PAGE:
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 non-tarnishing mouthpieces
Author: r small 
Date:   2020-03-11 03:20

I just bought a Selmer Presence stick. Tremendous sounding and playing instrument. But more on that for another time. Now I'm worried about my hard rubber mouthpiece (Vandoren B45 lyre) tarnishing the silver plating. If I keep the piece in a pouch when in the case would that be enough to protect the plating? Also I'm looking at the Pomarico Black Crystal line. I would assume they would have no effect on the plating. Anyone familiar with these mouthpieces?

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 Re: non-tarnishing mouthpieces
Author: gatto 
Date:   2020-03-11 03:46

Since I had the problem myself, I never again stored the mouthpiece in the case.

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 Re: non-tarnishing mouthpieces
Author: Paul Aviles 
Date:   2020-03-11 06:50

I've heard that about hard rubber giving off a modicum of sulfur that holds it together. I never gave that any consideration and never had any unusual issues with the silver based on that.


However


You can look at several really good "plexiglass" mouthpieces which are made well and don't exude any bi-products........such as ESM (Ernst Schreiber Michelstadt), or Wurlitzer (some are made specifically for Boehm clarinets).





.............Paul Aviles



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 Re: non-tarnishing mouthpieces
Author: clarnibass 
Date:   2020-03-11 08:51

I've noticed a very significant change in the last few years that new mouthpieces cause new silver plated clarinets to tarnish. It was obviously from the mouthpiece because of the worst areas of the tarnish. Most recently this was on three new Buffet E12F clarinets with Vandoren mouthpieces, but also on a couple of other clarinets with new Selmer and D'Addario mouthpieces.

I'm almost convinced something has changed with the (more likely) mouthpiece material and/or silver plating. It just didn't happen so much in the past. I've been using a hard rubber mouthpiece right in the case, with no pouch, for several clarinets, for about 30 years... with never any tarnishing as a result (among others, this included a Buffet clarinet with a Vandoren mouthpiece for quite a few years).

Not the end of the world but a little annoying if I had to use a mouthpiece pouch or have it in another compartment (which my main case doesn't even have).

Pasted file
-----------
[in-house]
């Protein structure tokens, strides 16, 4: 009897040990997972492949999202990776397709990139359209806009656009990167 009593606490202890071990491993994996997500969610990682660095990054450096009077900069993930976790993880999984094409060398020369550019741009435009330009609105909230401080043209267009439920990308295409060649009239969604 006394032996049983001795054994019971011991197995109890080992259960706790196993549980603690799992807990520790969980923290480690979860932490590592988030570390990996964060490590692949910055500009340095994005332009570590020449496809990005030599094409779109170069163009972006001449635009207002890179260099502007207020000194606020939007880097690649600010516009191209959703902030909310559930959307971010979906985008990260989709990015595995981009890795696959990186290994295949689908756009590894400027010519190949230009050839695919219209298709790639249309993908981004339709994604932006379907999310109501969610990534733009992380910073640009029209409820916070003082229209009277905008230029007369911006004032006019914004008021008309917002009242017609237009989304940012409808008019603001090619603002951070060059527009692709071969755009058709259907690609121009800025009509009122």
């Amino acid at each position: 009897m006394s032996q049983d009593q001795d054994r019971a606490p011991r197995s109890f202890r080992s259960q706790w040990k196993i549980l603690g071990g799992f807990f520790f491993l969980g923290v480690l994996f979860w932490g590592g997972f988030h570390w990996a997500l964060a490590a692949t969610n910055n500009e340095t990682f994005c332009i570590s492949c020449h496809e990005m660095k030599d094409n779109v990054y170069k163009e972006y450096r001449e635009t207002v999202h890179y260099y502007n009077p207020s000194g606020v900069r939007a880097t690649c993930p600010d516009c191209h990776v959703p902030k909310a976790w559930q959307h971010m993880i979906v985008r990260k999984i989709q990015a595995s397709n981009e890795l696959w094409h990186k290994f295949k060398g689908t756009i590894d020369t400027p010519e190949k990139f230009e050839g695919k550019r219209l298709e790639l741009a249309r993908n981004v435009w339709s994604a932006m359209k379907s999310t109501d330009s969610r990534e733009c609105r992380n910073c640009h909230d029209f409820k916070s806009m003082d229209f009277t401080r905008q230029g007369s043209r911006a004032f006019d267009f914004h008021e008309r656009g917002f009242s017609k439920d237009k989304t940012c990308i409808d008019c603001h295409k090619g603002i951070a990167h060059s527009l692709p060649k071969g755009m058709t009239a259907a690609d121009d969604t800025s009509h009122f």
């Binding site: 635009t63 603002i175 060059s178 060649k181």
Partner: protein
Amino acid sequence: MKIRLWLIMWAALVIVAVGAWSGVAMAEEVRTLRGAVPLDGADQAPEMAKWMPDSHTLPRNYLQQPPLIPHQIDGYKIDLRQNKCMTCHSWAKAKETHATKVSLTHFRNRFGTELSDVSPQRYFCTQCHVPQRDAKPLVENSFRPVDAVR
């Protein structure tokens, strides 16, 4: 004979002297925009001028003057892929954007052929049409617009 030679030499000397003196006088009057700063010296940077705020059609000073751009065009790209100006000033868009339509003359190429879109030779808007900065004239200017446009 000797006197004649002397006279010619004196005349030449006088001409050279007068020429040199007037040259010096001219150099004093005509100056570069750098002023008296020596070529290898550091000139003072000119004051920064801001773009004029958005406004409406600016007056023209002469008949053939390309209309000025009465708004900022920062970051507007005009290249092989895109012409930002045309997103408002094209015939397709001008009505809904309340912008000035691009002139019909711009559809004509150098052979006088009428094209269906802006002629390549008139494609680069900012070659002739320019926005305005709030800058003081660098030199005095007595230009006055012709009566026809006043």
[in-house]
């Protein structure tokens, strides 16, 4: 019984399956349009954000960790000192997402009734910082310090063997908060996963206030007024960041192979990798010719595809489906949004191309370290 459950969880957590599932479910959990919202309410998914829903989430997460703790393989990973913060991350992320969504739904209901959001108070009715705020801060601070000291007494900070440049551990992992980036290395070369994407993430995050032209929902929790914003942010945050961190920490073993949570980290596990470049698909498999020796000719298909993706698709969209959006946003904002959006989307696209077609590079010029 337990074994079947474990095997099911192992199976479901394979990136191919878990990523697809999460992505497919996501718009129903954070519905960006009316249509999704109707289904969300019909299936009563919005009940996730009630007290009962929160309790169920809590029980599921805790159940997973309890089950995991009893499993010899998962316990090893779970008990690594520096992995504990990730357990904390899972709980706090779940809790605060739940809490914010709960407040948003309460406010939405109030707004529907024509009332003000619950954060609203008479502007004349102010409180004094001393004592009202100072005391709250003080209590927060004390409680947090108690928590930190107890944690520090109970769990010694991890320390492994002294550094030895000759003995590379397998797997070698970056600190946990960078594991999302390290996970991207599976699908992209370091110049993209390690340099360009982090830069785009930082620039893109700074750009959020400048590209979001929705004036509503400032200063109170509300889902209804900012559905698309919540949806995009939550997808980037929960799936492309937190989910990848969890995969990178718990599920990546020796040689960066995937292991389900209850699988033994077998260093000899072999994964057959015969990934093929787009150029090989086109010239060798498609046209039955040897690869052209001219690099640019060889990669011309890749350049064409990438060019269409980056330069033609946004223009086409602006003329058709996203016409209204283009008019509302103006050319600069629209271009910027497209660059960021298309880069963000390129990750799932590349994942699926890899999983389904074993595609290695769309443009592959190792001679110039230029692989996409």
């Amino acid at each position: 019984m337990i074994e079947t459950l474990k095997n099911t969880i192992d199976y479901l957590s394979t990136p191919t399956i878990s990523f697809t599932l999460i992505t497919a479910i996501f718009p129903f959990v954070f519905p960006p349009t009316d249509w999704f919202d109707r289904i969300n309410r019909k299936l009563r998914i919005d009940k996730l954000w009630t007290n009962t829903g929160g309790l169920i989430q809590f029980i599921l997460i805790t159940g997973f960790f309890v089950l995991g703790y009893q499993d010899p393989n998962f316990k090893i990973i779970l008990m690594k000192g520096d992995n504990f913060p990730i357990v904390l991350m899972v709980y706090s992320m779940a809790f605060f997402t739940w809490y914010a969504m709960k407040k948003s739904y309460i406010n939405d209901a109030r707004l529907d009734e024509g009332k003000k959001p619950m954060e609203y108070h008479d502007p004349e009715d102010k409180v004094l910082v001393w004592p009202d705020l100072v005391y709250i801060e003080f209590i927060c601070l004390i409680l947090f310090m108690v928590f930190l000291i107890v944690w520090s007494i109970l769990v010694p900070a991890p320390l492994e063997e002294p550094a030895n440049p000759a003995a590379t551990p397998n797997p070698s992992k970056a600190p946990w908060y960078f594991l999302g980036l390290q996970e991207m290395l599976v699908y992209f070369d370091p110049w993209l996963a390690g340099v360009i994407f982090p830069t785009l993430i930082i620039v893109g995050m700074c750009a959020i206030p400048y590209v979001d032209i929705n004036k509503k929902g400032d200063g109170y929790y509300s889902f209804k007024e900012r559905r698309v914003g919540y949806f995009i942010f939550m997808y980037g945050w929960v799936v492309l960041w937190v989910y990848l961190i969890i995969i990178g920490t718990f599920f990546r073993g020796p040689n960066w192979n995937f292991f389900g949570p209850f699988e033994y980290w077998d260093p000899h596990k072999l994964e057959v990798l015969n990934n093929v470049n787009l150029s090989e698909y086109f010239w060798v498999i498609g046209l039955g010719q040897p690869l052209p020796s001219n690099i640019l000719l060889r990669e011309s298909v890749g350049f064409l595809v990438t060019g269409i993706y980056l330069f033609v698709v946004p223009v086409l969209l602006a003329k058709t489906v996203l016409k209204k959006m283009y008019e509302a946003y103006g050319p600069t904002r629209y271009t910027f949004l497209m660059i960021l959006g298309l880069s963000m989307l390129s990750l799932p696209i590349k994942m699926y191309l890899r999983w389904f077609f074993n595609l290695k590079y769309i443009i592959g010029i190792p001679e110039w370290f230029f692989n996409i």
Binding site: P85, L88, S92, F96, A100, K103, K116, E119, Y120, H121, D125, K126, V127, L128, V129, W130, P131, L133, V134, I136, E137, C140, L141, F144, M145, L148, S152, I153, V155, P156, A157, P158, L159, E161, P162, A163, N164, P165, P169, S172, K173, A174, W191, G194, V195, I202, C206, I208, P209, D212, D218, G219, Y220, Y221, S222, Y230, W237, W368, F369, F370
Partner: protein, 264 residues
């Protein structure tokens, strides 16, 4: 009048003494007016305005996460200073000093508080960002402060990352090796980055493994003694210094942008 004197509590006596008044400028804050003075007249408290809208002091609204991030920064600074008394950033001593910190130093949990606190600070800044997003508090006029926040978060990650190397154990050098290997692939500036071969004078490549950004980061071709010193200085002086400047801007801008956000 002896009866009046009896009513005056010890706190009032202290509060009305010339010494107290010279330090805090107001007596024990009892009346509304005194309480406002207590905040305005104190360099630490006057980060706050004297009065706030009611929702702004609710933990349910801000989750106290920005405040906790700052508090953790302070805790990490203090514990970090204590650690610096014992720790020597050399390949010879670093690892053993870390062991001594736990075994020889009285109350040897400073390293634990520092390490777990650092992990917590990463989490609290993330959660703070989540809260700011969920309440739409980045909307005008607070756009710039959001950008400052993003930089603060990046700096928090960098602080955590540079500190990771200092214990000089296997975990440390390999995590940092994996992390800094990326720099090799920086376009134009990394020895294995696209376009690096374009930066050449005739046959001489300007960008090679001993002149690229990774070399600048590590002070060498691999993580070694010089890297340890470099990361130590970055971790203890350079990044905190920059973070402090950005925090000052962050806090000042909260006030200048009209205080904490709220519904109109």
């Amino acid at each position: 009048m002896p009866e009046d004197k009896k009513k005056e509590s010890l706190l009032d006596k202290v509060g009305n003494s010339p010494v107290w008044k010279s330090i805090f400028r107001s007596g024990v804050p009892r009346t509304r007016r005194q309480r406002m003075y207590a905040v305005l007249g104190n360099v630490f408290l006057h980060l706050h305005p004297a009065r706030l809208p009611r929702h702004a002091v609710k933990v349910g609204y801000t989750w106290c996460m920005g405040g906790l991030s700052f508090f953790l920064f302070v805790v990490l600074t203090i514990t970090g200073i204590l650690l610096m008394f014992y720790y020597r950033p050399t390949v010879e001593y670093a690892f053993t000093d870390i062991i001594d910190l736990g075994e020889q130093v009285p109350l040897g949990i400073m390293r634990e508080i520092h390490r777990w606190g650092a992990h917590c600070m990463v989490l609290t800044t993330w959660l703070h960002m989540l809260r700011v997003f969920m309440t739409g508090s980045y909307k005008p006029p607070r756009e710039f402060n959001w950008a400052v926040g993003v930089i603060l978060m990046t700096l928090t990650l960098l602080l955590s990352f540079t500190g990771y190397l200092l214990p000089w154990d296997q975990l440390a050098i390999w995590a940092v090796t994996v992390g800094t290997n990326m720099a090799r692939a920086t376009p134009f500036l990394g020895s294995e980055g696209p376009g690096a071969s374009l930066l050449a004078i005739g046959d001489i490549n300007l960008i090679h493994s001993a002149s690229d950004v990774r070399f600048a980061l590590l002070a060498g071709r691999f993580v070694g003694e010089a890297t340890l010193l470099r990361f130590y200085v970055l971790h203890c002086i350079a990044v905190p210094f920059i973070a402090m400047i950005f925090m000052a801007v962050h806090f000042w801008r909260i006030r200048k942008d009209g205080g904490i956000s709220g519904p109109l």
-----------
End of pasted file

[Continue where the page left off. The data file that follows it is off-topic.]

I don't think a Pomarico glass mouthpiece would cause it and even with the Vandoren, I would try it, see if there is a little tarnish closest to where the mouthpiece is and continue from there.

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 Re: non-tarnishing mouthpieces
Author: r small 
Date:   2020-03-11 17:38

clarnibass--I think you're right. I recently bought a Selmer silver plated lig for my recently purchased Vandoren mpc. and within two weeks it was badly tarnished. I wonder if this problem fades with time, if newer moutpieces give off more of whatever it is that causes the silver to tarnish. I like the Vandoren B45 lyre piece but this problem has got me a little bugged and I would prefer not to store my mouthpiece in a pouch or away from the horn.

I plan on purchasing a Pomarico black crystal piece, then thoroughly cleaning and polishing the silver plated lig, and see what happens. Hopefully I won't have the issue with the Pomarico. I played a regular Pomarico crystal years ago and liked it pretty well but ended up staying with my Ralph Morgan J6 because I liked the volume and cut. But that's less important to me now so I might like the Pomarico black crystal.

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 Re: non-tarnishing mouthpieces
Author: Max S-D 
Date:   2020-03-11 19:34

I have Selmer Concept mouthpieces on clarinet and bass clarinet and both will tarnish some silver ligatures, but not all. I have silver plated Optimums for both clarinets and both are a dark blue-black color. I ran into another player at a gig who had an Optimum that had turned black from his older Selmer mouthpiece as well, but I don't have much experience with those.

I haven't had this happen with Vandoren or Zinner-blank mouthpieces, nor did it happen with my Fobes 10K (in blue rubber). I thought it was happening a little bit with a D'Addario mouthpiece, but I didn't really use it long to say for sure.